Hidden Figures: Exposes Greatness



    In the 1960s no one thought three beautiful black women would send a man into space. Director, Theodore Melfi had a lot on his plate when telling the stories of hence to force Katherine G. Johnson, Dorothy Vaughan and Mary Jackson. Many people did not know who they were and why they were important. Yet, these women did extraordinary work for NASA and served for the launch of the famous astronaut John Glenn. This trio beat all defined gender and racial norms. They set a path to inspire not just African Americans but all women.

     The film begins with actress Taraji P. Henson playing Katherine Johnson, a brilliant mathematician since she was a young girl. The struggles all three women faced while working at NASA are highlighted but with Ms. Johnson’s calculations ultimately determining where the Explorer 1 would launch and land her experiences were portrayed in the most depth. The support from Ms. Vaughan, Ms. Jackson, her children, husband, and family all enabled Ms. Jackson to come up with the numbers no one else in her field could.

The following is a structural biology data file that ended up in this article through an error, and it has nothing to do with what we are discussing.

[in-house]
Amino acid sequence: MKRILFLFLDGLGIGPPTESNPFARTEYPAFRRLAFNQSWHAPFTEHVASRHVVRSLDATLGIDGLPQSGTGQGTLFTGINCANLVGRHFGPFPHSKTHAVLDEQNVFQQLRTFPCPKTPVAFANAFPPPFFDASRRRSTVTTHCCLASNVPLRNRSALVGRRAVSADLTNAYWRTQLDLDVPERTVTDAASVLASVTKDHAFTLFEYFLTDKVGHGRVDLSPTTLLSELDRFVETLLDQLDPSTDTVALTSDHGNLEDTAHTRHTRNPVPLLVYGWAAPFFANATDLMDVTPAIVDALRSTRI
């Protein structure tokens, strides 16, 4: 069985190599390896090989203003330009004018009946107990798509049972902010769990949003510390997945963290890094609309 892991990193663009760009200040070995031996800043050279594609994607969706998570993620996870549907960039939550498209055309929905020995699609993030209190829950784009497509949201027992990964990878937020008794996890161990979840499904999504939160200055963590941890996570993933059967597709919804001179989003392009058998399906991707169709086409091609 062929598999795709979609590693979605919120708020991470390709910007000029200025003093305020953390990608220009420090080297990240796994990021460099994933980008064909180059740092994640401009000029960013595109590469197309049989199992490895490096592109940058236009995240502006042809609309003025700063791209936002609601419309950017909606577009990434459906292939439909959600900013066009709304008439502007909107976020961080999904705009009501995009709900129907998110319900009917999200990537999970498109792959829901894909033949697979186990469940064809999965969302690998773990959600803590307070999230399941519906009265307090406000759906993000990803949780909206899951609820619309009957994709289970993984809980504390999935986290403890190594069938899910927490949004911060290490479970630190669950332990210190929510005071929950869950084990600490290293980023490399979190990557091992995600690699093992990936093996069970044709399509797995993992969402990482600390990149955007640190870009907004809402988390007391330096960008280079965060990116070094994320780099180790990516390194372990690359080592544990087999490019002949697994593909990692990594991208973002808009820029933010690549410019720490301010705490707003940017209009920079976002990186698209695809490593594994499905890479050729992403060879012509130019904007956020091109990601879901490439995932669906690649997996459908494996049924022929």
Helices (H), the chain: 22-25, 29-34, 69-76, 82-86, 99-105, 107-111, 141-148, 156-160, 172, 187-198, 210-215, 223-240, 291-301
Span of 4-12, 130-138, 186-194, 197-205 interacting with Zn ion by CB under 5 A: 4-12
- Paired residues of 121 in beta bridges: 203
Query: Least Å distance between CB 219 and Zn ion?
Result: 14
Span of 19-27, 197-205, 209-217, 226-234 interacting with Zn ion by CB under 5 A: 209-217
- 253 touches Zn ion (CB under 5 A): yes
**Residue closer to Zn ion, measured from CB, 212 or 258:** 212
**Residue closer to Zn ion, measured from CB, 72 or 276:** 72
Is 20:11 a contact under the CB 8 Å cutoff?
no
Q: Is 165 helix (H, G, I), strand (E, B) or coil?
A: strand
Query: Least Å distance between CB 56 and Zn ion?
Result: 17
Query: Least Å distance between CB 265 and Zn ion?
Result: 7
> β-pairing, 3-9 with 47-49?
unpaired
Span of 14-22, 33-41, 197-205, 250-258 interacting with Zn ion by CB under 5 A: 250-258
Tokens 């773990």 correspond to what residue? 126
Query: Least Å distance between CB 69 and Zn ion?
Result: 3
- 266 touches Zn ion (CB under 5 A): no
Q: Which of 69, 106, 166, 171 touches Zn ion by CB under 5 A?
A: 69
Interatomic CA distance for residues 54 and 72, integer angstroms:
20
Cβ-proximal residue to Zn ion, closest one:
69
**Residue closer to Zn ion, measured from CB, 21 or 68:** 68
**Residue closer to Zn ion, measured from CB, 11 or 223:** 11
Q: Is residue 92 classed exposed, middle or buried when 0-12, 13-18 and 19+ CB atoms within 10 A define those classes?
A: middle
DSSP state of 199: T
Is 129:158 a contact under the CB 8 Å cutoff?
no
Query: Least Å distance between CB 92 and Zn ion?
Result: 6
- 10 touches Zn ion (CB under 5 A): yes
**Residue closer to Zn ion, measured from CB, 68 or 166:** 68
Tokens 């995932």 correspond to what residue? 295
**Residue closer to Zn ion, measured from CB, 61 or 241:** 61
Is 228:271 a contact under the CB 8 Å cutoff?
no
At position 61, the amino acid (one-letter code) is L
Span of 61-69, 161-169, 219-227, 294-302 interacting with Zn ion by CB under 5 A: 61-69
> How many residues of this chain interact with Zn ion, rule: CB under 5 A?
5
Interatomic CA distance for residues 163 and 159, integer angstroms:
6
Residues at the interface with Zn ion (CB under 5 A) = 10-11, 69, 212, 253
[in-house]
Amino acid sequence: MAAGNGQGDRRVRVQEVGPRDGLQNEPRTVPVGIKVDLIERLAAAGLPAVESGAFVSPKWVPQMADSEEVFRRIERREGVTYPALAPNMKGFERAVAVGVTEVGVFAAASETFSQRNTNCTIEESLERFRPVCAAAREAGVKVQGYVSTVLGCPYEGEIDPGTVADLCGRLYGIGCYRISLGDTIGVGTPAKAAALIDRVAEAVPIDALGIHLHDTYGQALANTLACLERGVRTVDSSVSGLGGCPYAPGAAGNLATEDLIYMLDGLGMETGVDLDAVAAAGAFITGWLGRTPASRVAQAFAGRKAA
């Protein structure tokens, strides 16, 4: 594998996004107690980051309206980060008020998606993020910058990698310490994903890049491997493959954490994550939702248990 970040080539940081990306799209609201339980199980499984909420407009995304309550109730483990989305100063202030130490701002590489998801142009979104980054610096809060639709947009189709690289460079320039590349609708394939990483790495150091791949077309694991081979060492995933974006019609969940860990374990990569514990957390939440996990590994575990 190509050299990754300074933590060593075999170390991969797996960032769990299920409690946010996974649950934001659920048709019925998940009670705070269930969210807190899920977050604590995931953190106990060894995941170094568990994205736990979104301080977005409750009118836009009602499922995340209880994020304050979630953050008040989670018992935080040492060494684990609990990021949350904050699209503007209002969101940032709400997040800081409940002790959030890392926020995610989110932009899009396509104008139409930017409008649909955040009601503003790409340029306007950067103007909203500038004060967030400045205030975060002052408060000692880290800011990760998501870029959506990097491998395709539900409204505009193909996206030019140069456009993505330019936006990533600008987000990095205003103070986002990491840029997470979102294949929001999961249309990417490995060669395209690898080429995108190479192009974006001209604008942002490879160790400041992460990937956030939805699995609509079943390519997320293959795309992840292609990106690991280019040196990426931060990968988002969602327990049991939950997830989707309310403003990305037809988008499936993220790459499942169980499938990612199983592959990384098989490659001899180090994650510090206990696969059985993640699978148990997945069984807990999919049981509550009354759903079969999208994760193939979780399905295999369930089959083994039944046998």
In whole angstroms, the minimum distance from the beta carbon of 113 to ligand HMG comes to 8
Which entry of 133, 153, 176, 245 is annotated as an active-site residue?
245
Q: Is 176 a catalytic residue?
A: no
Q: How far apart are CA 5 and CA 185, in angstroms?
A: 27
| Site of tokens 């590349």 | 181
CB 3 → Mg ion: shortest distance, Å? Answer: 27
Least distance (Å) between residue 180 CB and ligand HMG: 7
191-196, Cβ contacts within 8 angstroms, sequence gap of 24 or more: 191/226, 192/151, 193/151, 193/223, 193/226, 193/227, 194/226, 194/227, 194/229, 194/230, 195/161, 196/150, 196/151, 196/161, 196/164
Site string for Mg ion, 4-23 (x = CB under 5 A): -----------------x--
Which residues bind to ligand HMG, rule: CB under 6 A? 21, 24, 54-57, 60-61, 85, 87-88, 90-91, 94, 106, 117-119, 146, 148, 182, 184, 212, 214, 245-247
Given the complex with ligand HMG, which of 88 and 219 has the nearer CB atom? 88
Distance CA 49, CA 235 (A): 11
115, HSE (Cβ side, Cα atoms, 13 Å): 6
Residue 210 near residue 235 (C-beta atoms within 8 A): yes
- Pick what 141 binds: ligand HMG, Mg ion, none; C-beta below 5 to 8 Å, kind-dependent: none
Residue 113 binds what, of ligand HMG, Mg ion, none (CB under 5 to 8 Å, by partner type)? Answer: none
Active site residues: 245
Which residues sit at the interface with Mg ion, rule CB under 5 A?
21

Released on December 25th, 2016 it didn’t take long for viewers and critics to rave about the film. In fact it was nominated for numerous awards such as the Academy Awards: Best Motion Picture of the Year, Best Performance by an Actress in a Supporting Role (Octavia Spencer), Best Adapted Screenplay, Golden Globes: Best Performance by an Actress in a Supporting Role in a Motion Picture (Octavia Spencer) and Best Original Score-Motion Picture and various other awards. But the biggest shocker of all was that the film did not win Best Picture, Actress in a Supporting Role nor Writing (Adapted Screenplay) at the Oscars. Instead, “Moonlight” won Best Picture, Viola Davis won best supporting actress for her role in Fences and Moonlight for Adapted Screenplay. While it was surprising, ratings and screenings continued to flourish at the box offices, earning around 20.5 million dollars. Besides being an amazing film, Hidden Figures told the stories of the great work done by Katherine G. Johnson, Dorothy Vaughan and Mary Jackson!